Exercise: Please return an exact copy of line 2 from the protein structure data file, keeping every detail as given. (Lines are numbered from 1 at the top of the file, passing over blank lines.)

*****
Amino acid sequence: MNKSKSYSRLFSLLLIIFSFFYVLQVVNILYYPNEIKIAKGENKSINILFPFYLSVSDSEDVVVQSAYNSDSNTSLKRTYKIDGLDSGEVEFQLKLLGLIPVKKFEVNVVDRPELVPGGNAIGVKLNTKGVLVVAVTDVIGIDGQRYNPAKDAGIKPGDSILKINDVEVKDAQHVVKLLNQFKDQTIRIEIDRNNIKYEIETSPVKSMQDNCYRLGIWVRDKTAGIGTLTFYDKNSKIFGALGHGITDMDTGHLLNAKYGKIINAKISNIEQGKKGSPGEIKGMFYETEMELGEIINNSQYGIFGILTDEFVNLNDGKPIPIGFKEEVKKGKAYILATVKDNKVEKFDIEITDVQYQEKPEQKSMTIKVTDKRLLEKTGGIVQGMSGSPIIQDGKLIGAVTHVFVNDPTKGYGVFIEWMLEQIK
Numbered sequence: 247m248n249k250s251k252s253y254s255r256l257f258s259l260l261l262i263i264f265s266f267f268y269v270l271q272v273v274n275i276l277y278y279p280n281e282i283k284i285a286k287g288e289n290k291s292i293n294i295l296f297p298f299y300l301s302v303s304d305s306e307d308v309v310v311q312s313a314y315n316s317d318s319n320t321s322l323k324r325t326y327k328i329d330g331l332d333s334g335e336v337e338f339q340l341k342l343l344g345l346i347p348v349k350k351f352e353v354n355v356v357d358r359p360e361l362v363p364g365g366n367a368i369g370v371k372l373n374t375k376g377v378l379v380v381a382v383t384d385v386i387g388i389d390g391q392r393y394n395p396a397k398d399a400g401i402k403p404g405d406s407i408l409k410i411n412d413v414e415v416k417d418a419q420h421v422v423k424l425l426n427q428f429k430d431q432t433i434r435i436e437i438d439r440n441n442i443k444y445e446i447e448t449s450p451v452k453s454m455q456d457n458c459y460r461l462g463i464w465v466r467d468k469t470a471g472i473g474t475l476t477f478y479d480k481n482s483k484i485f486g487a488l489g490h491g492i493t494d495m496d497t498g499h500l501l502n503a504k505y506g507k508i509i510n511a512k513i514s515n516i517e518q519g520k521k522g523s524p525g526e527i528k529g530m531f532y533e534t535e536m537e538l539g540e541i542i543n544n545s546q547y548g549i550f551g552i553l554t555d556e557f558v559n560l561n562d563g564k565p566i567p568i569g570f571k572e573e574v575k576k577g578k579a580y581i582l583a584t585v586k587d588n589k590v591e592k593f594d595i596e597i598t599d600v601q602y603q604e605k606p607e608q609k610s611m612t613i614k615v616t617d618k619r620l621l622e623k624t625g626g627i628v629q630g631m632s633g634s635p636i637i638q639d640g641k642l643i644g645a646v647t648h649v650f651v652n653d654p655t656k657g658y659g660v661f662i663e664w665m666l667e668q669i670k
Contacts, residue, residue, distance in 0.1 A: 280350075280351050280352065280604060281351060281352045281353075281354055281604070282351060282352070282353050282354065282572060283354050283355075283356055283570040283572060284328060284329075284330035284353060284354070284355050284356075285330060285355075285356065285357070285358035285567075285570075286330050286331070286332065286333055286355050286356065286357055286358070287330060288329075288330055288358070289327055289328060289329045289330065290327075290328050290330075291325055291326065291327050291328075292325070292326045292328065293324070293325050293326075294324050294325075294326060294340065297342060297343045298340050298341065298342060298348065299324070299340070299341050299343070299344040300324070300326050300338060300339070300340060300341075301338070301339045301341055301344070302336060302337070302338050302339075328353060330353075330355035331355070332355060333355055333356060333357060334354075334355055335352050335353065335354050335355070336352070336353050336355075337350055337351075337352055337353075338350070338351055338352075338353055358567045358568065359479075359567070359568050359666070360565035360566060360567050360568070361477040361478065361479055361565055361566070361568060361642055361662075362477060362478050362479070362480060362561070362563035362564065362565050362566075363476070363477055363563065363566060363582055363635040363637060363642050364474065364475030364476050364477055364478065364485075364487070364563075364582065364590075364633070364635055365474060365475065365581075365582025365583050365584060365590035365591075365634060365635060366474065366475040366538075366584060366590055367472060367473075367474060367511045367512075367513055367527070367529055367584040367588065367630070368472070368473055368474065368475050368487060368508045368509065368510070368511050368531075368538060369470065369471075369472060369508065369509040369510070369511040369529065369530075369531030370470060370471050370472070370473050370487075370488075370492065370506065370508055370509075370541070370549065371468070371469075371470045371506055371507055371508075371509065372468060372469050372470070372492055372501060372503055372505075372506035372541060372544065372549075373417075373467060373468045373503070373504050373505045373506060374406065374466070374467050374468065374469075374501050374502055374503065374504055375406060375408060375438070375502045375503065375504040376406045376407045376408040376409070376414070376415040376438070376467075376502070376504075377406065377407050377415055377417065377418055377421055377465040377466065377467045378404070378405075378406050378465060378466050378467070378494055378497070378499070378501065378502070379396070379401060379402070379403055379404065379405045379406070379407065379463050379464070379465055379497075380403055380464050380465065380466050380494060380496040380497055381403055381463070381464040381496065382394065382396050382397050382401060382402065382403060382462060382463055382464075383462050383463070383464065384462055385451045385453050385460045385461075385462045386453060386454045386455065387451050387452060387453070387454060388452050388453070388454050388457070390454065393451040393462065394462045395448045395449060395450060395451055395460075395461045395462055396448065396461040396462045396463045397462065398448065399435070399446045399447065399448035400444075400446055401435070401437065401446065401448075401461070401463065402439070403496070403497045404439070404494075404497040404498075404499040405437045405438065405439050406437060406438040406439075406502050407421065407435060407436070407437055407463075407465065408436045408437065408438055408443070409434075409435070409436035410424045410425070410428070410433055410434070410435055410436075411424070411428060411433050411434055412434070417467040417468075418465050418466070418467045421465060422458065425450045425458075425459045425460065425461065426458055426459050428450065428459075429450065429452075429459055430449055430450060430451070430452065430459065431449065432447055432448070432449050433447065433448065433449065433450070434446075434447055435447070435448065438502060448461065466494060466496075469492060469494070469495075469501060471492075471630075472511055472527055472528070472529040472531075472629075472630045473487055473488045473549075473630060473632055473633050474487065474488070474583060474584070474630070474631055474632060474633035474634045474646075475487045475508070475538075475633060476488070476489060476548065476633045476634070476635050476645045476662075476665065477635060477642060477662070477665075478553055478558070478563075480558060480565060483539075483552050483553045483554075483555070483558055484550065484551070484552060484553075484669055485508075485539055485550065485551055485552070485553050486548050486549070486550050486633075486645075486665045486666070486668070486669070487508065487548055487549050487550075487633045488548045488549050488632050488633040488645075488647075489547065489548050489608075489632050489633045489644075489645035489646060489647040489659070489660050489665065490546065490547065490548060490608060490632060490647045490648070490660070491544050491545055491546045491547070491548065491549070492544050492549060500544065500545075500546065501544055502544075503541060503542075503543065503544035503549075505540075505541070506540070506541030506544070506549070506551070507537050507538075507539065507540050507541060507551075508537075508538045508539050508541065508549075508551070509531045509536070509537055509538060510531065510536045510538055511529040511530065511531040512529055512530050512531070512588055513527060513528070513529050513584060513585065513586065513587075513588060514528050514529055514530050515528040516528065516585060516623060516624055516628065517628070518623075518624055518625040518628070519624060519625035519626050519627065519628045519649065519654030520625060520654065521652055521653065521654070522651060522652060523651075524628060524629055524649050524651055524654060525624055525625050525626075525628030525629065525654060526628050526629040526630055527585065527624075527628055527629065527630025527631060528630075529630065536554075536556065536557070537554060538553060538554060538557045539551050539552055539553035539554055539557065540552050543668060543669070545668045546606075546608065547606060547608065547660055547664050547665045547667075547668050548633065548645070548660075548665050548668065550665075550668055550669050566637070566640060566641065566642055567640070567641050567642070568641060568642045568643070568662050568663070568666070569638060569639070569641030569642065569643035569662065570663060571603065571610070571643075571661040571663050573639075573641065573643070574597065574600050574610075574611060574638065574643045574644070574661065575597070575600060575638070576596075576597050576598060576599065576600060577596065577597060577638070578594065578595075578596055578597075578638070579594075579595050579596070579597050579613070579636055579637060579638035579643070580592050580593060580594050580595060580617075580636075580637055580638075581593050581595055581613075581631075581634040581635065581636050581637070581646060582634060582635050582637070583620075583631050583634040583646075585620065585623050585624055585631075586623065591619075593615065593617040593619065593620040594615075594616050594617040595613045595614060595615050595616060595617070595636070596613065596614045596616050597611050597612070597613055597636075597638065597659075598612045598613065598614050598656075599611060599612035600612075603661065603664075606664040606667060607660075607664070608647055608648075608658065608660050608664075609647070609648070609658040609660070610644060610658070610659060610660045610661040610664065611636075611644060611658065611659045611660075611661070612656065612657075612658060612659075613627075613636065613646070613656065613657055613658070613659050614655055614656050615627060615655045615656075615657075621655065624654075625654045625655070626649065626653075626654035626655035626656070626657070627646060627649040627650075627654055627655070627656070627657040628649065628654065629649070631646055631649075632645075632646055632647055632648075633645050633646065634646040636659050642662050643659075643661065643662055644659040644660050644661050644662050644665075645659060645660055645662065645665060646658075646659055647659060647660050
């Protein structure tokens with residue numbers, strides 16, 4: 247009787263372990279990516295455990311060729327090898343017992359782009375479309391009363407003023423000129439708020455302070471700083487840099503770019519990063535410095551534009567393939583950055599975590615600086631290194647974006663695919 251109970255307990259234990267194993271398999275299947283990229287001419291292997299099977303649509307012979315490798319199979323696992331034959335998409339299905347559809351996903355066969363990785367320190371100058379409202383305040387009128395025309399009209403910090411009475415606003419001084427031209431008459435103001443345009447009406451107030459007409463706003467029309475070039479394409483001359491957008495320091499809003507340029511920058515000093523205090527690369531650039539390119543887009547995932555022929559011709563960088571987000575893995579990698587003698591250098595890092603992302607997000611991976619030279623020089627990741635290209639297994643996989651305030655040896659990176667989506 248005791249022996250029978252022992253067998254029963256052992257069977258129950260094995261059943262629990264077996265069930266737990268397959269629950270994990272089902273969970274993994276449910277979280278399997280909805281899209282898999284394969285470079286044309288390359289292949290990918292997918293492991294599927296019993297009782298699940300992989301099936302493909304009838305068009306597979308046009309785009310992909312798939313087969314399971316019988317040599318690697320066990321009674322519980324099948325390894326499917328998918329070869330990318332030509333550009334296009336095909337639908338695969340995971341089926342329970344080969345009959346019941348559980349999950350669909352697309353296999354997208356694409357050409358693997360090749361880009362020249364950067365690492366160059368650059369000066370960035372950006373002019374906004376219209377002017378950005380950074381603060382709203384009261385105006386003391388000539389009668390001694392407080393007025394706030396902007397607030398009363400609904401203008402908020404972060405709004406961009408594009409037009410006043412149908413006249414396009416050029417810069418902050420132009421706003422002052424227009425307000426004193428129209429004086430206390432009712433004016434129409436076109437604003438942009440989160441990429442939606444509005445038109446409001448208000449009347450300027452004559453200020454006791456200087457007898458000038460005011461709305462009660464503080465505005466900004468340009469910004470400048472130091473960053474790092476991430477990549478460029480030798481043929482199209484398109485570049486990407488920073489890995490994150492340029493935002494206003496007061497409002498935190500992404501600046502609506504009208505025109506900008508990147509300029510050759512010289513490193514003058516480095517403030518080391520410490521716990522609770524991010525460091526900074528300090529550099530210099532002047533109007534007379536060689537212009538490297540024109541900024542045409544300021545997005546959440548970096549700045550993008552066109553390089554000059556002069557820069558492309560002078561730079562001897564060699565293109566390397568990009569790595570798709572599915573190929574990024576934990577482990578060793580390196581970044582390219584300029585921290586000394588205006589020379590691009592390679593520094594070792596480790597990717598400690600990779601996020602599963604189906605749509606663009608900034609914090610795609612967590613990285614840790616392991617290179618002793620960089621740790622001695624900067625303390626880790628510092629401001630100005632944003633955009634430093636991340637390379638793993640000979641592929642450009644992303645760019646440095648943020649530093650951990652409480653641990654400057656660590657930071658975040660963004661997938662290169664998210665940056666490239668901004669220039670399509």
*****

Numbered sequence: 247m248n249k250s251k252s253y254s255r256l257f258s259l260l261l262i263i264f265s266f267f268y269v270l271q272v273v274n275i276l277y278y279p280n281e282i283k284i285a286k287g288e289n290k291s292i293n294i295l296f297p298f299y300l301s302v303s304d305s306e307d308v309v310v311q312s313a314y315n316s317d318s319n320t321s322l323k324r325t326y327k328i329d330g331l332d333s334g335e336v337e338f339q340l341k342l343l344g345l346i347p348v349k350k351f352e353v354n355v356v357d358r359p360e361l362v363p364g365g366n367a368i369g370v371k372l373n374t375k376g377v378l379v380v381a382v383t384d385v386i387g388i389d390g391q392r393y394n395p396a397k398d399a400g401i402k403p404g405d406s407i408l409k410i411n412d413v414e415v416k417d418a419q420h421v422v423k424l425l426n427q428f429k430d431q432t433i434r435i436e437i438d439r440n441n442i443k444y445e446i447e448t449s450p451v452k453s454m455q456d457n458c459y460r461l462g463i464w465v466r467d468k469t470a471g472i473g474t475l476t477f478y479d480k481n482s483k484i485f486g487a488l489g490h491g492i493t494d495m496d497t498g499h500l501l502n503a504k505y506g507k508i509i510n511a512k513i514s515n516i517e518q519g520k521k522g523s524p525g526e527i528k529g530m531f532y533e534t535e536m537e538l539g540e541i542i543n544n545s546q547y548g549i550f551g552i553l554t555d556e557f558v559n560l561n562d563g564k565p566i567p568i569g570f571k572e573e574v575k576k577g578k579a580y581i582l583a584t585v586k587d588n589k590v591e592k593f594d595i596e597i598t599d600v601q602y603q604e605k606p607e608q609k610s611m612t613i614k615v616t617d618k619r620l621l622e623k624t625g626g627i628v629q630g631m632s633g634s635p636i637i638q639d640g641k642l643i644g645a646v647t648h649v650f651v652n653d654p655t656k657g658y659g660v661f662i663e664w665m666l667e668q669i670k